On appeal from the Superior Court of New Jersey, Law Division, Monmouth County, Docket No. DC-3333-06.
NOT FOR PUBLICATION WITHOUT THE APPROVAL OF THE APPELLATE DIVISION
Submitted October 31, 2007
Before Judges Parker and Lyons.
In this Special Civil Part case, defendant/third-party plaintiff Mr. Rooter Plumbing appeals from a judgment entered on January 30, 2007 awarding him $704.83 from third-party defendant Emily Gaul, but ordering him to pay $1,500 to plaintiff Joseph Gaul. We affirm in part and reverse in part.
This action arose out of an accident that occurred on December 30, 2004. On that day, while third-party defendant Emily Gaul was driving a car purchased by her father, Joseph Gaul, and given to her as a gift, she hit the rear end of Mr. Rooter's "low boy" truck parked on the right side of a two-lane road. Although the truck extended into the lane of travel, there were no cones, reflectors or markings around the truck other than the reflectors on the truck itself. Emily's car was damaged on the left front side, however, rather than the right front as might be expected.
Emily, who was seventeen and driving "for at least a couple of weeks" at the time, left the scene and did not report the accident. She was subsequently charged with leaving the scene of an accident with property damage. N.J.S.A. 39:4-129(d). That charge was later amended to N.J.S.A. 39:4-97.2, operating a motor vehicle in an unsafe manner and Emily pled guilty to the offense in Chester Township Municipal Court.
At trial before the Special Civil Part, Joseph Gaul, who is an attorney and Emily's father, argued on her behalf. After hearing the testimony and the arguments, the trial court found that Mr. Rooter was thirty percent negligent because he failed to post cones, reflectors or any other device to warn that the vehicle, which was parked on the road overnight, extended into the lane of travel. Emily, as the driver who was principally responsible for making the required observations of things that were obviously in her path, was found seventy percent negligent.
The trial judge determined that Emily's vehicle was damaged to the extent of $5,000, and assessed seventy percent against Emily, requiring her to pay her father $3,500 for the damage to her vehicle, and thirty percent against Mr. Rooter, requiring him to pay $1,500 to Joseph for damage to Emily's vehicle. The court also rendered judgment in favor of Mr. Rooter against Emily for $704.83. Thus, Mr. Rooter, who was found only thirty percent negligent, must pay $796.17 and Emily, who was seventy percent negligent, benefited from the trial judge's award of damages to her father for the damage to her vehicle. In essence, the judgment rendered Emily whole - albeit she was seventy percent negligent.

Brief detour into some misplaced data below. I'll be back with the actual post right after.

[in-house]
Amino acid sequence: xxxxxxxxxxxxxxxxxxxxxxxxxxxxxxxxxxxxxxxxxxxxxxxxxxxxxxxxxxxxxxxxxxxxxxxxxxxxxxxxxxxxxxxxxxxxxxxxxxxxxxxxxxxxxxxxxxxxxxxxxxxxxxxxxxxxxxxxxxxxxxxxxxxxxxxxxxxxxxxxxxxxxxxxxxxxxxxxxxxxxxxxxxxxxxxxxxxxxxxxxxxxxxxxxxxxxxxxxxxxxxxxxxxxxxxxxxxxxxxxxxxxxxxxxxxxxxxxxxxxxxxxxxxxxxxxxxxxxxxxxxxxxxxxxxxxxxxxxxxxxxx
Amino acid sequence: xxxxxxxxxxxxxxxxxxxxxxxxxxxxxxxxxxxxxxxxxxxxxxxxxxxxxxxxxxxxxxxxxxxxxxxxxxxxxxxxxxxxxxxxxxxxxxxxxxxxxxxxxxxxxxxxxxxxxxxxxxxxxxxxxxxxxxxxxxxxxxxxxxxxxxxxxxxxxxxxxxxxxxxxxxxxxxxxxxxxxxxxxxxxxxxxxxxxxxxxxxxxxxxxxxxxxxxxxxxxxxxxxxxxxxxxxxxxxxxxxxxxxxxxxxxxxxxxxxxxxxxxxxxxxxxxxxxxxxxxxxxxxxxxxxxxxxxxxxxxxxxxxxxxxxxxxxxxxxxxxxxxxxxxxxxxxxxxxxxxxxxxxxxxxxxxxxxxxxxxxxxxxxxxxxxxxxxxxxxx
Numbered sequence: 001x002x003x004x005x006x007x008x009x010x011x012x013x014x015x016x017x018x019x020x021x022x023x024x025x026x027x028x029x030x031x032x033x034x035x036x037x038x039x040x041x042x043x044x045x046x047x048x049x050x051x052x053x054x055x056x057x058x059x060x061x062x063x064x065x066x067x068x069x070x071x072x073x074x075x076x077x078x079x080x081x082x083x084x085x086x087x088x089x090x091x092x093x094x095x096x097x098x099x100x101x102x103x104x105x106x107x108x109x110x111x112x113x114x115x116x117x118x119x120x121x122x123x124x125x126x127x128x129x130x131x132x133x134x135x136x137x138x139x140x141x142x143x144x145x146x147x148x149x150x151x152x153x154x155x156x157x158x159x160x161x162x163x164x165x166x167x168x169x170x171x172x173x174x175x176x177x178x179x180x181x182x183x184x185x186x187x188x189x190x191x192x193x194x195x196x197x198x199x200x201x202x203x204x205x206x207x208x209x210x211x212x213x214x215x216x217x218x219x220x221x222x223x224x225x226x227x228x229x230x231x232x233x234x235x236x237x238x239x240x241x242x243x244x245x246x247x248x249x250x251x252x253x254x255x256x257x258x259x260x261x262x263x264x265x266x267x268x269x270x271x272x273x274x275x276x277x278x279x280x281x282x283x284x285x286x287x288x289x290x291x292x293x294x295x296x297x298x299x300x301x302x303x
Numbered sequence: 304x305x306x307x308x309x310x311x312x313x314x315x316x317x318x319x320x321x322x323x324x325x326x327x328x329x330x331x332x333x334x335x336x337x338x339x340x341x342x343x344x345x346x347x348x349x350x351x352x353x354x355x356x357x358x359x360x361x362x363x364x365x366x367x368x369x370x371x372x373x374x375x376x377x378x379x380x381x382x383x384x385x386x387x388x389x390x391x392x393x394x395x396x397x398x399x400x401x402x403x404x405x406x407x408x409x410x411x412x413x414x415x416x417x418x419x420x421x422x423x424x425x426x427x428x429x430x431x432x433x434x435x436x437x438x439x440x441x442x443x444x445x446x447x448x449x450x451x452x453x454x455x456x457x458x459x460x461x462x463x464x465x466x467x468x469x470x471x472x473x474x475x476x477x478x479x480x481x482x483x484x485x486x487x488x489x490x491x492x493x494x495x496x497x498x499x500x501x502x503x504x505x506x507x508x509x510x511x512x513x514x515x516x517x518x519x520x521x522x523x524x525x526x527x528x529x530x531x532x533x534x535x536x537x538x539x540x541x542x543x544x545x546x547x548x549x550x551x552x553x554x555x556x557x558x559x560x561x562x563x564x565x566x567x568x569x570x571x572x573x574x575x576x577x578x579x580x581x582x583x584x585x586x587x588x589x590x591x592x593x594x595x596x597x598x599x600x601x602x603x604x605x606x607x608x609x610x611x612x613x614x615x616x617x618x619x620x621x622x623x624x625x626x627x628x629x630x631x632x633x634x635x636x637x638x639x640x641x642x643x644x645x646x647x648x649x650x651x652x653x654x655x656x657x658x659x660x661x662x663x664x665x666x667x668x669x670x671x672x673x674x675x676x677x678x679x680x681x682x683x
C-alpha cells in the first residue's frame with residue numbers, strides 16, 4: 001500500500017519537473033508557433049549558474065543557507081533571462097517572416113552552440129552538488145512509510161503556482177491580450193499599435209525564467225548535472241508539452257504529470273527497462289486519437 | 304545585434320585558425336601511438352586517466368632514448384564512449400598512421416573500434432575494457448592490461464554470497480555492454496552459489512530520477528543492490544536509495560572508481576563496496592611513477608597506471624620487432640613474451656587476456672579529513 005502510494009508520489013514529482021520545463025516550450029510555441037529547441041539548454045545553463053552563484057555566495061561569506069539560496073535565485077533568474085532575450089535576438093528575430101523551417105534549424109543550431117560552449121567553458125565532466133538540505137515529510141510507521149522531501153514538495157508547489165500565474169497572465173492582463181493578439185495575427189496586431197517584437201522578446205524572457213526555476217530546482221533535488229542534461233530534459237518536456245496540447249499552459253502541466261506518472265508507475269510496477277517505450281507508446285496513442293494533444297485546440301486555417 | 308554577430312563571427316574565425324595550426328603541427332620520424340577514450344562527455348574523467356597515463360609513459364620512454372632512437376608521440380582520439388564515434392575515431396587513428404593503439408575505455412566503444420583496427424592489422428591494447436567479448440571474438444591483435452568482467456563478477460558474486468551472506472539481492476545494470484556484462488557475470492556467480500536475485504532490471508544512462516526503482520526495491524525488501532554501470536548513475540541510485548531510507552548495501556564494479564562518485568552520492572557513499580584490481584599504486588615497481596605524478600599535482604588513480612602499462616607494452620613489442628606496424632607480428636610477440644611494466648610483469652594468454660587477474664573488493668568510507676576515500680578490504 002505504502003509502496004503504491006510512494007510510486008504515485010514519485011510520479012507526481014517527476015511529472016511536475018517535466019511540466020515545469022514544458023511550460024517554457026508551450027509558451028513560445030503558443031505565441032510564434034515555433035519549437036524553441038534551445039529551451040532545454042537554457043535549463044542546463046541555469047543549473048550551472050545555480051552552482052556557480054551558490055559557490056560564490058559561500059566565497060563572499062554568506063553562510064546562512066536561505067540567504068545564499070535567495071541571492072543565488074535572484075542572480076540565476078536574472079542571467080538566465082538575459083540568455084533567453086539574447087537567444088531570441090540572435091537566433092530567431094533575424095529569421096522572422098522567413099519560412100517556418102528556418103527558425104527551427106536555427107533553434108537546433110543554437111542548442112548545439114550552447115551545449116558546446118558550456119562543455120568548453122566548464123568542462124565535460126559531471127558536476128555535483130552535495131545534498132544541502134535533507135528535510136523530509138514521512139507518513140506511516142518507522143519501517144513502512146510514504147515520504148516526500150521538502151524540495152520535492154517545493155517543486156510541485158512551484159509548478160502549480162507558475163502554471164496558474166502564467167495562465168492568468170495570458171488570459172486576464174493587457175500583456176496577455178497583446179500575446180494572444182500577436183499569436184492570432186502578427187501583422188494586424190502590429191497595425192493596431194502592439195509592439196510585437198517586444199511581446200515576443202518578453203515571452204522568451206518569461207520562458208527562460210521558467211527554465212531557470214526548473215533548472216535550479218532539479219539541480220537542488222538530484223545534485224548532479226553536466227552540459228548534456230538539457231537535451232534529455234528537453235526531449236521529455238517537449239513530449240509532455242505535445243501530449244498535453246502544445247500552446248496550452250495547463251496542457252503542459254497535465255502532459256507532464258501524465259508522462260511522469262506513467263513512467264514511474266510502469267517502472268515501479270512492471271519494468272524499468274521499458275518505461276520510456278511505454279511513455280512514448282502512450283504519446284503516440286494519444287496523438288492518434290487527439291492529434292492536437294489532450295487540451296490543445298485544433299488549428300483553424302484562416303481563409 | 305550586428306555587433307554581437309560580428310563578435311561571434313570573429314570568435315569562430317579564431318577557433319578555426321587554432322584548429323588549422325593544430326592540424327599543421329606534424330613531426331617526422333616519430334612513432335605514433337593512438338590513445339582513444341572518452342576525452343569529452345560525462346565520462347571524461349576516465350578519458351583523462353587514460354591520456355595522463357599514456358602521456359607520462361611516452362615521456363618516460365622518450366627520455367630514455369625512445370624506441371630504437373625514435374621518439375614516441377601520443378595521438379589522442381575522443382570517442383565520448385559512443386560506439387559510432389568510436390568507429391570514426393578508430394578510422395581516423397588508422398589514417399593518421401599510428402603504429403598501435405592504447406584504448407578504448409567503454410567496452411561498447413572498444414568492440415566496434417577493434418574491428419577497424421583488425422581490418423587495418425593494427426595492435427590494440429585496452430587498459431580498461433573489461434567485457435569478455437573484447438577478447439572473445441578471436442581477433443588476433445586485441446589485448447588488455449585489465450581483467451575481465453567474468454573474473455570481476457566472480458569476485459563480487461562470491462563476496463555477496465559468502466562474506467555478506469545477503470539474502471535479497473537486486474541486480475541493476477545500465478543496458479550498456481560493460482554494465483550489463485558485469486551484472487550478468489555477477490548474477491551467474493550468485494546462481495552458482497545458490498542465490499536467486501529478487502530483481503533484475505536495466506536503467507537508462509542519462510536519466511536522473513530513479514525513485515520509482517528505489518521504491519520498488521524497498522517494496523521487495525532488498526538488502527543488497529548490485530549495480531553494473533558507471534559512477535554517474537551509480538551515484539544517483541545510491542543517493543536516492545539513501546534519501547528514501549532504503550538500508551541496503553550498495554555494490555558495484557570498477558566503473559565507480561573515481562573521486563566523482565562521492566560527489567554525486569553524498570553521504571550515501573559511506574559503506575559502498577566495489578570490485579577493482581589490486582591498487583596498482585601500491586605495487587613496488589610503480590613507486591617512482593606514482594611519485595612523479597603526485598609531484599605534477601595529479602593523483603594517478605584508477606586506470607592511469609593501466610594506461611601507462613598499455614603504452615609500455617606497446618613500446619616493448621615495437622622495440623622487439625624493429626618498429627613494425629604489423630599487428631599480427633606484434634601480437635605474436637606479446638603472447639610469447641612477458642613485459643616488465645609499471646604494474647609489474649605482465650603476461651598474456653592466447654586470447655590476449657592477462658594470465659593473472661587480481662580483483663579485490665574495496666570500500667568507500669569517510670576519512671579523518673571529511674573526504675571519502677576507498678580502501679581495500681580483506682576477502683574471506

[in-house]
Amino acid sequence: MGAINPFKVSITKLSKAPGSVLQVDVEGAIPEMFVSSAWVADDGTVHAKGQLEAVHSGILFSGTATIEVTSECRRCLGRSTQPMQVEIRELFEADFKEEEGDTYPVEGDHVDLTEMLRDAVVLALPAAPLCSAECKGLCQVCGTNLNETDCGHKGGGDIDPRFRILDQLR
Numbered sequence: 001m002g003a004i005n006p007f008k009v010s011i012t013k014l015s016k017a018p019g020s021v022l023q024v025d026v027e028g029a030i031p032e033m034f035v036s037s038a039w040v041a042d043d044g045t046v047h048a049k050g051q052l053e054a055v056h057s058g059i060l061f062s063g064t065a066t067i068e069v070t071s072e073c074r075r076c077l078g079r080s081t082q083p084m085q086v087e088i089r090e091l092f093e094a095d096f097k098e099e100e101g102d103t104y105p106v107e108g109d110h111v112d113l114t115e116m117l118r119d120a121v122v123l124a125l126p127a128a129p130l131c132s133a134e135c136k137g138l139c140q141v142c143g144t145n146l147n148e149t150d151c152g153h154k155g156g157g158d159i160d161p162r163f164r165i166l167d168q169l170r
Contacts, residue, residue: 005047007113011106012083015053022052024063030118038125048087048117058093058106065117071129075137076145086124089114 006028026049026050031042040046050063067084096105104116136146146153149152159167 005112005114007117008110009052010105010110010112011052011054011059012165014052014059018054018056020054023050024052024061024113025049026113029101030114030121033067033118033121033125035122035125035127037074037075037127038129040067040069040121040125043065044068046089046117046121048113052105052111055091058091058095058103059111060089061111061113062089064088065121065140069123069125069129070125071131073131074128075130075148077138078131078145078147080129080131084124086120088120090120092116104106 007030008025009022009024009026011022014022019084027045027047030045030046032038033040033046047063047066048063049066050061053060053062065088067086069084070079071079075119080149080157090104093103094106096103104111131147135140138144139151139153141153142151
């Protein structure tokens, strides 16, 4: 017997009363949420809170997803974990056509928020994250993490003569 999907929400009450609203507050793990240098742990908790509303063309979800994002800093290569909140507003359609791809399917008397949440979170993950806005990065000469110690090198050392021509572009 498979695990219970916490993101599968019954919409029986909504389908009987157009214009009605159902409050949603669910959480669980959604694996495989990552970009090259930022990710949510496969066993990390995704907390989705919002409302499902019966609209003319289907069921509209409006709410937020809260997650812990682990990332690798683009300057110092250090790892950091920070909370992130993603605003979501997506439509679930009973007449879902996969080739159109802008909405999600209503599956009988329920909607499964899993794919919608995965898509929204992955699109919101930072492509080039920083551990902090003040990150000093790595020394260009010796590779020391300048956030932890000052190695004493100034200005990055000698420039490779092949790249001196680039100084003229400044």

We are as confused by the outcome as we are by the pleadings and the "facts" of this case. The complaint was filed on February 23, 2006 by Emily's father, Joseph Gaul, who signed the complaint as Emily's attorney. The complaint was captioned with Emily as plaintiff and sought damages to "plaintiff's vehicle" for Mr. Rooter's alleged negligence.
Trial began on June 6, 2003 with Joseph appearing and representing Emily as plaintiff. During the trial, Joseph stated that he paid for the damage to Emily's car but the judge properly disallowed the statement because Joseph was Emily's attorney and could not testify as a witness. Thus, there was no evidence of the alleged damages. The judge then, at Joseph's suggestion and over defendant's objection, took the extraordinary step of calling the auto body mechanic on the telephone from the courtroom and having the mechanic testify telephonically as to the amount of damages.
Defendant represents in his brief that some time after the June 6 trial date, "it was learned that plaintiff, Emily Gaul, was not the 'registered' owner of the vehicle so the court permitted the pleadings to be amended." There is nothing in the record before us, however, to reflect a motion for leave to amend or an order granting that motion. On June 30, 2006, Mr. Rooter filed a third-party complaint captioned with Joseph as plaintiff and Emily as third-party defendant. Emily filed an answer to the third-party complaint on July 21, 2006 and signed it pro se.
On December 20, 2006, the trial continued with Joseph as plaintiff and Emily as third-party defendant - and Joseph apparently representing himself and Emily. The trial continued on January 30, 2007 with Joseph, again, apparently representing himself and Emily.
The evidence is equally confusing to us. Nowhere in the record is there any proof of who owned the vehicle on December 30, 2004, when the accident occurred. The evidence indicated that Joseph purchased the vehicle on December 23, 2004 and gifted it to Emily for Christmas, but no proof of ownership was ever presented. On August 24, 2006, while the trial was still pending, defendant moved to dismiss the complaint for failure to state a claim on the ground that Emily's vehicle was uninsured at the time of the accident. The declarations sheet for Emily's Allstate policy showed that the policy ...